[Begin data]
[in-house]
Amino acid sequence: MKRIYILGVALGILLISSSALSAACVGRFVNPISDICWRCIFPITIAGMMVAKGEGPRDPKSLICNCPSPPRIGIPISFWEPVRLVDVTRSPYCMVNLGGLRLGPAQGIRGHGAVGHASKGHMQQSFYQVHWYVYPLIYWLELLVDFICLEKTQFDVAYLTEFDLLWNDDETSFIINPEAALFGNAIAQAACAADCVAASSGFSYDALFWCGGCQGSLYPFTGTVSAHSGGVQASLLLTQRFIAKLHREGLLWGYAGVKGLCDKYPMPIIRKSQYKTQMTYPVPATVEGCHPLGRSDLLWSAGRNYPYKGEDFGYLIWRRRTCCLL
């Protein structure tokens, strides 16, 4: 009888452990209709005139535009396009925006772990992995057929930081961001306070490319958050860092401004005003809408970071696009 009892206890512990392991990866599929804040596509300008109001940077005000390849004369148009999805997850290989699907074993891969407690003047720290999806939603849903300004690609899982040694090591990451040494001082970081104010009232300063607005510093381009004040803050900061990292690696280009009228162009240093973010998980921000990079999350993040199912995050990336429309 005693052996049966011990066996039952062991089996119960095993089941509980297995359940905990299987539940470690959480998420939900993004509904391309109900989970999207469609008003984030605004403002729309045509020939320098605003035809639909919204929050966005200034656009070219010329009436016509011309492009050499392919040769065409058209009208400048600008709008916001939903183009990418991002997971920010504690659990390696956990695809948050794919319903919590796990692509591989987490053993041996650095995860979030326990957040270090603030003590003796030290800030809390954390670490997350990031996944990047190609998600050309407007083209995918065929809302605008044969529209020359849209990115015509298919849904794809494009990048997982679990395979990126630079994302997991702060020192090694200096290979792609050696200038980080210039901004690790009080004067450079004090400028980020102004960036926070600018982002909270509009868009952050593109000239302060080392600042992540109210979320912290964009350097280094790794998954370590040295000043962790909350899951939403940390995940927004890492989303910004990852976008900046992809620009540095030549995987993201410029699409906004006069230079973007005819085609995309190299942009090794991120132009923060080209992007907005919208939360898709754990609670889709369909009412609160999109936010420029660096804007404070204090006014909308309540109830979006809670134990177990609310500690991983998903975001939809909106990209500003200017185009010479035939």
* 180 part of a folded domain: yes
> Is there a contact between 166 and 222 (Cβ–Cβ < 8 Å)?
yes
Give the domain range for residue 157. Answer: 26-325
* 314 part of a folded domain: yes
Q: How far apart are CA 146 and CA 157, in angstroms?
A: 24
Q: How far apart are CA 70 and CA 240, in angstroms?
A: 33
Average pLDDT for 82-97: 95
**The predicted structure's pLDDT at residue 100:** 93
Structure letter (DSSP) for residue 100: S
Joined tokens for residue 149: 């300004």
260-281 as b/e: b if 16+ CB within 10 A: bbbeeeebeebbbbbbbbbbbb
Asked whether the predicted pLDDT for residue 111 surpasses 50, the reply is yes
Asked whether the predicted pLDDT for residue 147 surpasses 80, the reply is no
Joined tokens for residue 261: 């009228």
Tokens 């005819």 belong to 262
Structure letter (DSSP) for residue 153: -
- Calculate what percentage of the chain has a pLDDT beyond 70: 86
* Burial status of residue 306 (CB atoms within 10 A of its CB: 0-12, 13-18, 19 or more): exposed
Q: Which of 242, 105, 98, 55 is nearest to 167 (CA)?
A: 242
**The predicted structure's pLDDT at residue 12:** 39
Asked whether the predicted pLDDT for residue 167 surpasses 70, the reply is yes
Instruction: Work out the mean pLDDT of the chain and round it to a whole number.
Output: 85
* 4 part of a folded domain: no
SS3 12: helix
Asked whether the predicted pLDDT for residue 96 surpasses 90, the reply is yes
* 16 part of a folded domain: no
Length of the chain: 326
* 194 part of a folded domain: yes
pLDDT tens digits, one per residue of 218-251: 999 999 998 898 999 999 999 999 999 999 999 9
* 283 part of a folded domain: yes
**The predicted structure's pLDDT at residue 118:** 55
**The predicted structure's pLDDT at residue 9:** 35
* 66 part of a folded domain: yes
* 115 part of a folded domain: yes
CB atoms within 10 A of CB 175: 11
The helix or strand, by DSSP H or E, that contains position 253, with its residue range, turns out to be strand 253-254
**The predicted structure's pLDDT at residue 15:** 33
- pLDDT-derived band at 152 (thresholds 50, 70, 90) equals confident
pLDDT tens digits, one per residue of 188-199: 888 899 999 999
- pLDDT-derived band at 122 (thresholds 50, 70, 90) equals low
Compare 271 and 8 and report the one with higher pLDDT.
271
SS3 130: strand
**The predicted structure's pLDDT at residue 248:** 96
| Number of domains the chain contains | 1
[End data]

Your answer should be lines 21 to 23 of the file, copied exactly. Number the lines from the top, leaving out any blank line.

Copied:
Tokens 């005819």 belong to 262
Structure letter (DSSP) for residue 153: -
- Calculate what percentage of the chain has a pLDDT beyond 70: 86